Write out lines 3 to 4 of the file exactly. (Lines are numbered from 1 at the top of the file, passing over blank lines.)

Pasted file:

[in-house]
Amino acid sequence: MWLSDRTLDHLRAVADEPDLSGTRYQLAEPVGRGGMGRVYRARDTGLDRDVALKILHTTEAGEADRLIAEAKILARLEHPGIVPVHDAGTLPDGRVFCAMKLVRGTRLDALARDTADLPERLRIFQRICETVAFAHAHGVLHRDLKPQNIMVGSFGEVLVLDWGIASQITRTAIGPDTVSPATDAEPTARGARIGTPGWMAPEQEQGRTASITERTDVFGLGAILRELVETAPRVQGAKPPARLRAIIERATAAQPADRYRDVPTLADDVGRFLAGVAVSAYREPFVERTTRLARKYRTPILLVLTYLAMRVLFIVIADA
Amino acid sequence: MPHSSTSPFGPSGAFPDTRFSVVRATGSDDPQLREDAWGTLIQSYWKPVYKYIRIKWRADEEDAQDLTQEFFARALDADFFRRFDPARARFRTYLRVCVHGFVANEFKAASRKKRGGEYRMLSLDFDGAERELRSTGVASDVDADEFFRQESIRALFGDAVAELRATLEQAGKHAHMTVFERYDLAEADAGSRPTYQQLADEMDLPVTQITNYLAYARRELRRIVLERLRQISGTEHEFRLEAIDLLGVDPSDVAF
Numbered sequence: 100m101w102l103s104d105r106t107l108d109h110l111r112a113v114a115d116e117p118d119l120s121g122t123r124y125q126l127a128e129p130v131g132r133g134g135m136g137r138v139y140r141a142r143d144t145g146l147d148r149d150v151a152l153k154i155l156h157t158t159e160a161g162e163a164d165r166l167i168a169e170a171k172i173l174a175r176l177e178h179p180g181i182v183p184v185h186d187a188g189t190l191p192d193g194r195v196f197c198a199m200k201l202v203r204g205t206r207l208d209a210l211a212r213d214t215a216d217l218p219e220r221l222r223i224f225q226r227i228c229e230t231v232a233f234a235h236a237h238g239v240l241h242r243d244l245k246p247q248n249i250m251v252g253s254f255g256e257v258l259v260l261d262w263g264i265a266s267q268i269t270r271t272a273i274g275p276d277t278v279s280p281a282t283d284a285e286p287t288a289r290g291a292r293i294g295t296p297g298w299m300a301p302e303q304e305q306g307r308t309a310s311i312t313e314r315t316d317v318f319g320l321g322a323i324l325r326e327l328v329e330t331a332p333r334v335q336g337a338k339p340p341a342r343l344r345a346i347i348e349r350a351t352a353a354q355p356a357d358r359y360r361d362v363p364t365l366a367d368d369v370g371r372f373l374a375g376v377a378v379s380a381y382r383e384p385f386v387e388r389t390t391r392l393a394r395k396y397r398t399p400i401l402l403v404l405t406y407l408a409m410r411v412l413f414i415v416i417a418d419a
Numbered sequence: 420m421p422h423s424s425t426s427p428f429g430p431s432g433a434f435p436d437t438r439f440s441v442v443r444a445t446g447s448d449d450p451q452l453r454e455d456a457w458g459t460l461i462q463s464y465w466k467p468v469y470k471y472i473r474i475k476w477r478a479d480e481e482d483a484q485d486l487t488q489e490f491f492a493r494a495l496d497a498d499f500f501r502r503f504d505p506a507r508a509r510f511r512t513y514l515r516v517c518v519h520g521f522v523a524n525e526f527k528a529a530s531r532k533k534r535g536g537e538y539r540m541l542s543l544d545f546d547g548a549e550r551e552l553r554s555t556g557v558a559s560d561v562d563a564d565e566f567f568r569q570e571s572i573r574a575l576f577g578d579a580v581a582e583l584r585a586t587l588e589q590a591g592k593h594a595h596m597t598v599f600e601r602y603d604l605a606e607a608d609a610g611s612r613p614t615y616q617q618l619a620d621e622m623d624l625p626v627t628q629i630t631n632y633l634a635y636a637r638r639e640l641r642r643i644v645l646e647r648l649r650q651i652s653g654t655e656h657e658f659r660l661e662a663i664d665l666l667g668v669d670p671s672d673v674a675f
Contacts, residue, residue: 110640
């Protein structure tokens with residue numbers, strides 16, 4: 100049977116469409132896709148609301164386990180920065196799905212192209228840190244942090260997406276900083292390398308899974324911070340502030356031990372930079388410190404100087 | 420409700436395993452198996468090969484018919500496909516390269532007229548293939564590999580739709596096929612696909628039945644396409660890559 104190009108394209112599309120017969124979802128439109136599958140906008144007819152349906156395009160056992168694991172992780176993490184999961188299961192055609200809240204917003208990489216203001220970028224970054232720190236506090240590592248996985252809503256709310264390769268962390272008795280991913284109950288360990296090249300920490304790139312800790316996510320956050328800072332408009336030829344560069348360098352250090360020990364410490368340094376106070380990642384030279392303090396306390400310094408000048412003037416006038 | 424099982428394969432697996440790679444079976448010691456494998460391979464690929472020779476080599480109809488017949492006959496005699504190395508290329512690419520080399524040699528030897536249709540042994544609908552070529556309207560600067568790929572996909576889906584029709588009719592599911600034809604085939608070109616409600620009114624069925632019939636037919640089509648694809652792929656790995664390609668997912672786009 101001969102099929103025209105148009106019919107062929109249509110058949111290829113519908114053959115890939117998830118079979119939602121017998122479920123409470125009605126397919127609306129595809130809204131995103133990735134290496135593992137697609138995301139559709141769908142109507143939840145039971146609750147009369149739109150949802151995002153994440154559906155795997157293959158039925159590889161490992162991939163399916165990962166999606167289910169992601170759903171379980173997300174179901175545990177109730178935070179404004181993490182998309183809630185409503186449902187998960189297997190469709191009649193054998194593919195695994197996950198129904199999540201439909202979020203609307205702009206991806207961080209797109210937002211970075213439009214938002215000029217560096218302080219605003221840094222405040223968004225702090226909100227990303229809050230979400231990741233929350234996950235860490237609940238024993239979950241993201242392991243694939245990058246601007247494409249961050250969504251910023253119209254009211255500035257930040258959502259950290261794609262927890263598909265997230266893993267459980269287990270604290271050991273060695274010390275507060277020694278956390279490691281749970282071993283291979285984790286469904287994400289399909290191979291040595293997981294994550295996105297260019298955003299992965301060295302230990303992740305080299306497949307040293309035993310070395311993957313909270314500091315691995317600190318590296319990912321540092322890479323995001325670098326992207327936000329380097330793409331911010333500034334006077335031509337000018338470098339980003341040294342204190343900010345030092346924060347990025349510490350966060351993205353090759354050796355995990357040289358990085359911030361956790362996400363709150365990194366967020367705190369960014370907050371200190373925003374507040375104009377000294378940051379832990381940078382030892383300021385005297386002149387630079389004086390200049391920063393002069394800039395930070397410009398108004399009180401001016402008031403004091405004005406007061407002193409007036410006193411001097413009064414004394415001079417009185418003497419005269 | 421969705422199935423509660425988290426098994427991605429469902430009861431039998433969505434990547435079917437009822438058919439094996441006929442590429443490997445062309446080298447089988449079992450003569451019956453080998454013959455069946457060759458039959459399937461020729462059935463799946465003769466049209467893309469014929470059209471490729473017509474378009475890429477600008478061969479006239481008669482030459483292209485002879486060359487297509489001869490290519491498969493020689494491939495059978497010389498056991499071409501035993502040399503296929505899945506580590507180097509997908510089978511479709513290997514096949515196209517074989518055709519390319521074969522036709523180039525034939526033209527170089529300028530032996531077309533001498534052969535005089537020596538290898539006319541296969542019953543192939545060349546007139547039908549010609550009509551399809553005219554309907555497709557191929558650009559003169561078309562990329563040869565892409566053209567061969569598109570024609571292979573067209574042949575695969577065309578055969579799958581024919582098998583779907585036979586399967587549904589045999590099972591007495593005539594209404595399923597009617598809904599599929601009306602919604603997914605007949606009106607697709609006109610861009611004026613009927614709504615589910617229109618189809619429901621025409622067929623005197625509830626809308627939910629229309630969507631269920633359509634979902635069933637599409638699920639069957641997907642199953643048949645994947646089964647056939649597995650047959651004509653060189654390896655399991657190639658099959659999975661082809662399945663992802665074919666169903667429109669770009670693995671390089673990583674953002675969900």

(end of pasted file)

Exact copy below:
Amino acid sequence: MPHSSTSPFGPSGAFPDTRFSVVRATGSDDPQLREDAWGTLIQSYWKPVYKYIRIKWRADEEDAQDLTQEFFARALDADFFRRFDPARARFRTYLRVCVHGFVANEFKAASRKKRGGEYRMLSLDFDGAERELRSTGVASDVDADEFFRQESIRALFGDAVAELRATLEQAGKHAHMTVFERYDLAEADAGSRPTYQQLADEMDLPVTQITNYLAYARRELRRIVLERLRQISGTEHEFRLEAIDLLGVDPSDVAF
Numbered sequence: 100m101w102l103s104d105r106t107l108d109h110l111r112a113v114a115d116e117p118d119l120s121g122t123r124y125q126l127a128e129p130v131g132r133g134g135m136g137r138v139y140r141a142r143d144t145g146l147d148r149d150v151a152l153k154i155l156h157t158t159e160a161g162e163a164d165r166l167i168a169e170a171k172i173l174a175r176l177e178h179p180g181i182v183p184v185h186d187a188g189t190l191p192d193g194r195v196f197c198a199m200k201l202v203r204g205t206r207l208d209a210l211a212r213d214t215a216d217l218p219e220r221l222r223i224f225q226r227i228c229e230t231v232a233f234a235h236a237h238g239v240l241h242r243d244l245k246p247q248n249i250m251v252g253s254f255g256e257v258l259v260l261d262w263g264i265a266s267q268i269t270r271t272a273i274g275p276d277t278v279s280p281a282t283d284a285e286p287t288a289r290g291a292r293i294g295t296p297g298w299m300a301p302e303q304e305q306g307r308t309a310s311i312t313e314r315t316d317v318f319g320l321g322a323i324l325r326e327l328v329e330t331a332p333r334v335q336g337a338k339p340p341a342r343l344r345a346i347i348e349r350a351t352a353a354q355p356a357d358r359y360r361d362v363p364t365l366a367d368d369v370g371r372f373l374a375g376v377a378v379s380a381y382r383e384p385f386v387e388r389t390t391r392l393a394r395k396y397r398t399p400i401l402l403v404l405t406y407l408a409m410r411v412l413f414i415v416i417a418d419a